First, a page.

Listing personal information on a resume is effective only if it relates to your job target and demonstrates qualifications that you will need in your next career. For example, including hobbies or extracurricular activities that demonstrate personal characteristics, such as leadership, teamwork, problem solving, and creativity is a valuable way to communicate qualifications to a prospective employer.
Use this section to list activities or other personal information that illustrates the characteristics you possess that are relevant to the position. Be cautious not to include unrelated information, or you may appear unfocused and less dedicated to your career than your competition.
You should not include information such as your age, height, weight, marital status, children, ethnicity, political affiliations, religious affiliations or other nonessential personal information, unless it is clearly relevant to the position.
Providing a List of Activities
Sports-related activities can demonstrate “dedication, drive, commitment, and winning attitudes.” Involvement in community clubs, organizations, and other extracurricular activities demonstrates that you have a well-balanced professional life and possess certain qualities and characteristics that would make you an asset in your position.
Be sure to mention your role with each organization, especially if you have held an elected office, such as treasurer, secretary, president, or founder. Do not list a club or membership you were not truly an active member of, because you may be asked to discuss your involvement with the prospective employer at the interview. List the name of the organization, dates, your role, accomplishments and anything else that demonstrates your ability to succeed or produce positive results. Honors, awards, and official recognition that demonstrate your leadership abilities should be included as well. List all activities in this section in order of relevance to a future employer. When writing about your activities, consider treating them as a job. What accomplishments or achievements did you attain? What skills did you develop or experience did you gain?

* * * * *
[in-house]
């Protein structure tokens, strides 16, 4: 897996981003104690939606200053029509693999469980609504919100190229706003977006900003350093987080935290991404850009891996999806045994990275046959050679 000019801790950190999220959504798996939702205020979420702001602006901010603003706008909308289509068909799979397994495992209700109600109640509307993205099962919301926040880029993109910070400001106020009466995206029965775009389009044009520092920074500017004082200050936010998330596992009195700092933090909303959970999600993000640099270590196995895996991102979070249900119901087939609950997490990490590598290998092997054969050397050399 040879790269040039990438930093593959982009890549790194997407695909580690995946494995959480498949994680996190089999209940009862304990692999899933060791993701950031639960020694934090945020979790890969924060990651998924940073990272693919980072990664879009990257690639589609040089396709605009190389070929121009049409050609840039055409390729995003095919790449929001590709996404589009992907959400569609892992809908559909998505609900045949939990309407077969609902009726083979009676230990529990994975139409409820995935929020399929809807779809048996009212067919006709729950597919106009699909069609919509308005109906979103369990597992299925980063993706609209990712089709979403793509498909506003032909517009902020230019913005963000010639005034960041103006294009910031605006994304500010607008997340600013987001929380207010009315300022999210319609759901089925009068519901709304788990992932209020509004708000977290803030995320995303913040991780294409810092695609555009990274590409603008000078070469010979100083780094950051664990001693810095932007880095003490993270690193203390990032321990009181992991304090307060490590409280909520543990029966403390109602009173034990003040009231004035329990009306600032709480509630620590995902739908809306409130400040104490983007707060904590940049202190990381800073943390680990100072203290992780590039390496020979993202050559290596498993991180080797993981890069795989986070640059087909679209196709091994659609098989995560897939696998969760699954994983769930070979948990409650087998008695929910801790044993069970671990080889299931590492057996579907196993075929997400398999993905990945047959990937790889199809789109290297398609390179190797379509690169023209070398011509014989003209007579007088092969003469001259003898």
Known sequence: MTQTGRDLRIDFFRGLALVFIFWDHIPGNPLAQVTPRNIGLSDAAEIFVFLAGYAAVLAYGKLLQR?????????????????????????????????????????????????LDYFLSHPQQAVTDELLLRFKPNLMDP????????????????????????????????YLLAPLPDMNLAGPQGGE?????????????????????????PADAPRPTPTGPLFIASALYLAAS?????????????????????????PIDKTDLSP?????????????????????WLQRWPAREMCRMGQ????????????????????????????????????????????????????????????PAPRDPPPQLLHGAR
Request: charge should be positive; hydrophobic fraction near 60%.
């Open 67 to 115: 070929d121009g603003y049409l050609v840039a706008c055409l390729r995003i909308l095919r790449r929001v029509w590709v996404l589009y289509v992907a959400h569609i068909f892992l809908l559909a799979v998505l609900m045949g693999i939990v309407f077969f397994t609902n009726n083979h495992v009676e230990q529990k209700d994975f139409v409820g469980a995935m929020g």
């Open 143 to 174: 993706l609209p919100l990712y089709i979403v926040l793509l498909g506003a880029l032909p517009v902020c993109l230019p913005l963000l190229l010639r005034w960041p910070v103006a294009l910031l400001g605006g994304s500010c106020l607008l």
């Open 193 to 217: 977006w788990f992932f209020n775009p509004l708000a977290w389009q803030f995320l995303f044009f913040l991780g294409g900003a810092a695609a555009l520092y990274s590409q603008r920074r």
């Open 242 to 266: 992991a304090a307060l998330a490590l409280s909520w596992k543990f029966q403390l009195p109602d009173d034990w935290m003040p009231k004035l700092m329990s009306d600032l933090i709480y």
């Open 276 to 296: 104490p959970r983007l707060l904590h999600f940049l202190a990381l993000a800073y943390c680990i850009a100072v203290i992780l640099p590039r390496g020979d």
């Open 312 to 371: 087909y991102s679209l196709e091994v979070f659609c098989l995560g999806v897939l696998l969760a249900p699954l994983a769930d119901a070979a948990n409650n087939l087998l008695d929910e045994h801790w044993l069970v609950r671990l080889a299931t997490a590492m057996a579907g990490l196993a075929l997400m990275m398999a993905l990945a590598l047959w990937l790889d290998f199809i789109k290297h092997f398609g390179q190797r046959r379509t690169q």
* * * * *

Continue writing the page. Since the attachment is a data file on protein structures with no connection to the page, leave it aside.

If you are a recent graduate who was involved in a fraternity or sorority, you should probably list this activity on your resume, especially if you were an officer or founder.
Insider Tip: You may also use the Personal section to demonstrate your willingness to perform the routine tasks that will be required of the position. For example, for Sales and Training careers where a willingness to travel is essential criteria, use the Personal section to indicate your interest and even enjoyment in performing these tasks. This reinforces your qualifications and interest in the position and may give you the edge over the competition.
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